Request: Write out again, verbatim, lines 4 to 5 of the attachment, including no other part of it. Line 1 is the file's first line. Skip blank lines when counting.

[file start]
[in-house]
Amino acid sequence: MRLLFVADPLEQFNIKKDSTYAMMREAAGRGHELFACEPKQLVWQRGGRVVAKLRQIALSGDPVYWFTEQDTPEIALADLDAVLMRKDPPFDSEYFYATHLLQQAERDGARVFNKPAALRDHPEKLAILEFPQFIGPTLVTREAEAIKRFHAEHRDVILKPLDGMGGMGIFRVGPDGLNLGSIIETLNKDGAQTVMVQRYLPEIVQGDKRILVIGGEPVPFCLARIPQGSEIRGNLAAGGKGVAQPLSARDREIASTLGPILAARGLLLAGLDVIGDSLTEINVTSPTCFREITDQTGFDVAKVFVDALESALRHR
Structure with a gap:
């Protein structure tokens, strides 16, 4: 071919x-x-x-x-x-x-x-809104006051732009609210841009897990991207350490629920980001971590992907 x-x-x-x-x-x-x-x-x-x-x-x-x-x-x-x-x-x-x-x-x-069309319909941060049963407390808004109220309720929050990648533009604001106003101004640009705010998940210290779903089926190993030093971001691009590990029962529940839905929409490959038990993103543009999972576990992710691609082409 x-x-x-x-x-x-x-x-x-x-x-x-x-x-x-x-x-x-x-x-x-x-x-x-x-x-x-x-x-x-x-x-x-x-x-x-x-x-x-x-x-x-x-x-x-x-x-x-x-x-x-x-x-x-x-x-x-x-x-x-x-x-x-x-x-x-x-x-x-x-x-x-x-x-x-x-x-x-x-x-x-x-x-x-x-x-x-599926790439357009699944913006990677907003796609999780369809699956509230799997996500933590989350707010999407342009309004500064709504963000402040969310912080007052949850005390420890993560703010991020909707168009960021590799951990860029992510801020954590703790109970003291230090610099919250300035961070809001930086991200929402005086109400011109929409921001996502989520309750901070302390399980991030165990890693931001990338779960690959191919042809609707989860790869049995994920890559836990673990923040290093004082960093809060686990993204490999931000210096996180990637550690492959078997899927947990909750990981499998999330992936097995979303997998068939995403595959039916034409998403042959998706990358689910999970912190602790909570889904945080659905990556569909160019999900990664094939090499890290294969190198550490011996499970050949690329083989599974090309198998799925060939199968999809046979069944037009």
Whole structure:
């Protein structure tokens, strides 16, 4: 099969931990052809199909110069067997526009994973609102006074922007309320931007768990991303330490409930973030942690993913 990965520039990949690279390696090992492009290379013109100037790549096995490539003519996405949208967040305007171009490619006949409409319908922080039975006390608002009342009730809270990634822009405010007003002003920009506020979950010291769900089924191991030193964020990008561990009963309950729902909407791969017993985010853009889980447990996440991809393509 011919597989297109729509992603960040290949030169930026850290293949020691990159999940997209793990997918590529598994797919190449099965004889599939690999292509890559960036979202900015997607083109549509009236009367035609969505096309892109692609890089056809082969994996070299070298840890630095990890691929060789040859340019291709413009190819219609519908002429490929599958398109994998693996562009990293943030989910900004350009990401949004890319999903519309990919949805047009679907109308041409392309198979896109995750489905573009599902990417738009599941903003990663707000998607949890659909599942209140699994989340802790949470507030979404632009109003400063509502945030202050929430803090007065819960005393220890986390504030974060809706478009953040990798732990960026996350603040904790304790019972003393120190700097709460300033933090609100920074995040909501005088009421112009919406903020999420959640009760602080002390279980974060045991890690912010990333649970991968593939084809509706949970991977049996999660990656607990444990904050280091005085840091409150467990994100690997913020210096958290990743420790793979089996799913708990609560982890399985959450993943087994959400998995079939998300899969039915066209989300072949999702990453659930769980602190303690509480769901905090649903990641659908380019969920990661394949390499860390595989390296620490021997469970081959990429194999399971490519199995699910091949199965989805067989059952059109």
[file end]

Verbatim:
């Protein structure tokens, strides 16, 4: 071919x-x-x-x-x-x-x-809104006051732009609210841009897990991207350490629920980001971590992907 x-x-x-x-x-x-x-x-x-x-x-x-x-x-x-x-x-x-x-x-x-069309319909941060049963407390808004109220309720929050990648533009604001106003101004640009705010998940210290779903089926190993030093971001691009590990029962529940839905929409490959038990993103543009999972576990992710691609082409 x-x-x-x-x-x-x-x-x-x-x-x-x-x-x-x-x-x-x-x-x-x-x-x-x-x-x-x-x-x-x-x-x-x-x-x-x-x-x-x-x-x-x-x-x-x-x-x-x-x-x-x-x-x-x-x-x-x-x-x-x-x-x-x-x-x-x-x-x-x-x-x-x-x-x-x-x-x-x-x-x-x-x-x-x-x-x-599926790439357009699944913006990677907003796609999780369809699956509230799997996500933590989350707010999407342009309004500064709504963000402040969310912080007052949850005390420890993560703010991020909707168009960021590799951990860029992510801020954590703790109970003291230090610099919250300035961070809001930086991200929402005086109400011109929409921001996502989520309750901070302390399980991030165990890693931001990338779960690959191919042809609707989860790869049995994920890559836990673990923040290093004082960093809060686990993204490999931000210096996180990637550690492959078997899927947990909750990981499998999330992936097995979303997998068939995403595959039916034409998403042959998706990358689910999970912190602790909570889904945080659905990556569909160019999900990664094939090499890290294969190198550490011996499970050949690329083989599974090309198998799925060939199968999809046979069944037009």
Whole structure: